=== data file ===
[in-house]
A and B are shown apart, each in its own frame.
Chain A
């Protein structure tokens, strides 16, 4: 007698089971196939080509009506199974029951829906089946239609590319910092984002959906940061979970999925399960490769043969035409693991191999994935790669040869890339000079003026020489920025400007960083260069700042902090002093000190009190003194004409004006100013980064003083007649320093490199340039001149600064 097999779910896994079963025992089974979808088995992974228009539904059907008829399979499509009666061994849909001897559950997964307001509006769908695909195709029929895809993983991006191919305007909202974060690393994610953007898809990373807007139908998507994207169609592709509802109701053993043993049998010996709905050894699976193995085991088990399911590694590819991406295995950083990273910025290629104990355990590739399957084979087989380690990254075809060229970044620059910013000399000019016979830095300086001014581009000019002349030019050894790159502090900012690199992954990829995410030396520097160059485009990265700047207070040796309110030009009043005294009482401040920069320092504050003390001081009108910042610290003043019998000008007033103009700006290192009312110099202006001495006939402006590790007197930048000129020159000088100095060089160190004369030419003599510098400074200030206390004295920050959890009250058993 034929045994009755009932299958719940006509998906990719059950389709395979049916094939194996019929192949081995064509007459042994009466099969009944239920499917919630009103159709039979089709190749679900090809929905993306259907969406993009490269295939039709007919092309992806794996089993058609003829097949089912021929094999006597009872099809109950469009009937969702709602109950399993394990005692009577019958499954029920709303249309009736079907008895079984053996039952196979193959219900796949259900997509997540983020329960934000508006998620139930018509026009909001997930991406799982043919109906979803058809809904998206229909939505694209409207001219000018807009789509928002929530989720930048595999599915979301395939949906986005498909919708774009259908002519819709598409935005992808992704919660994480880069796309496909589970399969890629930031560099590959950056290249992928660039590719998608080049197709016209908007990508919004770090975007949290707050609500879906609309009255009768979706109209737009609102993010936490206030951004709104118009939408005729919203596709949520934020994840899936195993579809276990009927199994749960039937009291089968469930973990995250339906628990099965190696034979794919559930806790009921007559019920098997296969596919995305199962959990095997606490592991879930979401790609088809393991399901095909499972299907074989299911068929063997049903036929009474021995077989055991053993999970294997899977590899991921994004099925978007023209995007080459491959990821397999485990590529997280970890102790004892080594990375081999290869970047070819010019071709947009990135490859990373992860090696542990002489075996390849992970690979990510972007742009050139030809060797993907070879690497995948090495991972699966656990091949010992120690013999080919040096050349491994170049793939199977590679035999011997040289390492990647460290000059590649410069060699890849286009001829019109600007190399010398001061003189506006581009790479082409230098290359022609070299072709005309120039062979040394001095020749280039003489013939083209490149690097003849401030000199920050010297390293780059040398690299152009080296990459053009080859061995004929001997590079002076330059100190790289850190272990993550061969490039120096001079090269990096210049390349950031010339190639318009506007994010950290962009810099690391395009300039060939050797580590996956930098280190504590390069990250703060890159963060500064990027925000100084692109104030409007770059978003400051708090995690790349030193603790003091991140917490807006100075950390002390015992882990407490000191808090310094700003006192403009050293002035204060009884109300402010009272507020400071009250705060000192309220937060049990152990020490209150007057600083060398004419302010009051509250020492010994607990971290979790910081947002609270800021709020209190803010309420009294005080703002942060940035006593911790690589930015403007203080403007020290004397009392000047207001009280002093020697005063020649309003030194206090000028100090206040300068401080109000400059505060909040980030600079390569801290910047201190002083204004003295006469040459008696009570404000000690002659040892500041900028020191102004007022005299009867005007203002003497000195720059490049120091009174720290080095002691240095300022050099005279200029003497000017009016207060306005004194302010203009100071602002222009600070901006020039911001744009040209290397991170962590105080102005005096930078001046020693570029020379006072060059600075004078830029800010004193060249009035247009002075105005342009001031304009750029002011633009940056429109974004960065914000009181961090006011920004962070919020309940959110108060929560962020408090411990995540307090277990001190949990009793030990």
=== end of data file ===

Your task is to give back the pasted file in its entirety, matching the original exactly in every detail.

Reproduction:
[in-house]
A and B are shown apart, each in its own frame.
Chain A
């Protein structure tokens, strides 16, 4: 007698089971196939080509009506199974029951829906089946239609590319910092984002959906940061979970999925399960490769043969035409693991191999994935790669040869890339000079003026020489920025400007960083260069700042902090002093000190009190003194004409004006100013980064003083007649320093490199340039001149600064 097999779910896994079963025992089974979808088995992974228009539904059907008829399979499509009666061994849909001897559950997964307001509006769908695909195709029929895809993983991006191919305007909202974060690393994610953007898809990373807007139908998507994207169609592709509802109701053993043993049998010996709905050894699976193995085991088990399911590694590819991406295995950083990273910025290629104990355990590739399957084979087989380690990254075809060229970044620059910013000399000019016979830095300086001014581009000019002349030019050894790159502090900012690199992954990829995410030396520097160059485009990265700047207070040796309110030009009043005294009482401040920069320092504050003390001081009108910042610290003043019998000008007033103009700006290192009312110099202006001495006939402006590790007197930048000129020159000088100095060089160190004369030419003599510098400074200030206390004295920050959890009250058993 034929045994009755009932299958719940006509998906990719059950389709395979049916094939194996019929192949081995064509007459042994009466099969009944239920499917919630009103159709039979089709190749679900090809929905993306259907969406993009490269295939039709007919092309992806794996089993058609003829097949089912021929094999006597009872099809109950469009009937969702709602109950399993394990005692009577019958499954029920709303249309009736079907008895079984053996039952196979193959219900796949259900997509997540983020329960934000508006998620139930018509026009909001997930991406799982043919109906979803058809809904998206229909939505694209409207001219000018807009789509928002929530989720930048595999599915979301395939949906986005498909919708774009259908002519819709598409935005992808992704919660994480880069796309496909589970399969890629930031560099590959950056290249992928660039590719998608080049197709016209908007990508919004770090975007949290707050609500879906609309009255009768979706109209737009609102993010936490206030951004709104118009939408005729919203596709949520934020994840899936195993579809276990009927199994749960039937009291089968469930973990995250339906628990099965190696034979794919559930806790009921007559019920098997296969596919995305199962959990095997606490592991879930979401790609088809393991399901095909499972299907074989299911068929063997049903036929009474021995077989055991053993999970294997899977590899991921994004099925978007023209995007080459491959990821397999485990590529997280970890102790004892080594990375081999290869970047070819010019071709947009990135490859990373992860090696542990002489075996390849992970690979990510972007742009050139030809060797993907070879690497995948090495991972699966656990091949010992120690013999080919040096050349491994170049793939199977590679035999011997040289390492990647460290000059590649410069060699890849286009001829019109600007190399010398001061003189506006581009790479082409230098290359022609070299072709005309120039062979040394001095020749280039003489013939083209490149690097003849401030000199920050010297390293780059040398690299152009080296990459053009080859061995004929001997590079002076330059100190790289850190272990993550061969490039120096001079090269990096210049390349950031010339190639318009506007994010950290962009810099690391395009300039060939050797580590996956930098280190504590390069990250703060890159963060500064990027925000100084692109104030409007770059978003400051708090995690790349030193603790003091991140917490807006100075950390002390015992882990407490000191808090310094700003006192403009050293002035204060009884109300402010009272507020400071009250705060000192309220937060049990152990020490209150007057600083060398004419302010009051509250020492010994607990971290979790910081947002609270800021709020209190803010309420009294005080703002942060940035006593911790690589930015403007203080403007020290004397009392000047207001009280002093020697005063020649309003030194206090000028100090206040300068401080109000400059505060909040980030600079390569801290910047201190002083204004003295006469040459008696009570404000000690002659040892500041900028020191102004007022005299009867005007203002003497000195720059490049120091009174720290080095002691240095300022050099005279200029003497000017009016207060306005004194302010203009100071602002222009600070901006020039911001744009040209290397991170962590105080102005005096930078001046020693570029020379006072060059600075004078830029800010004193060249009035247009002075105005342009001031304009750029002011633009940056429109974004960065914000009181961090006011920004962070919020309940959110108060929560962020408090411990995540307090277990001190949990009793030990």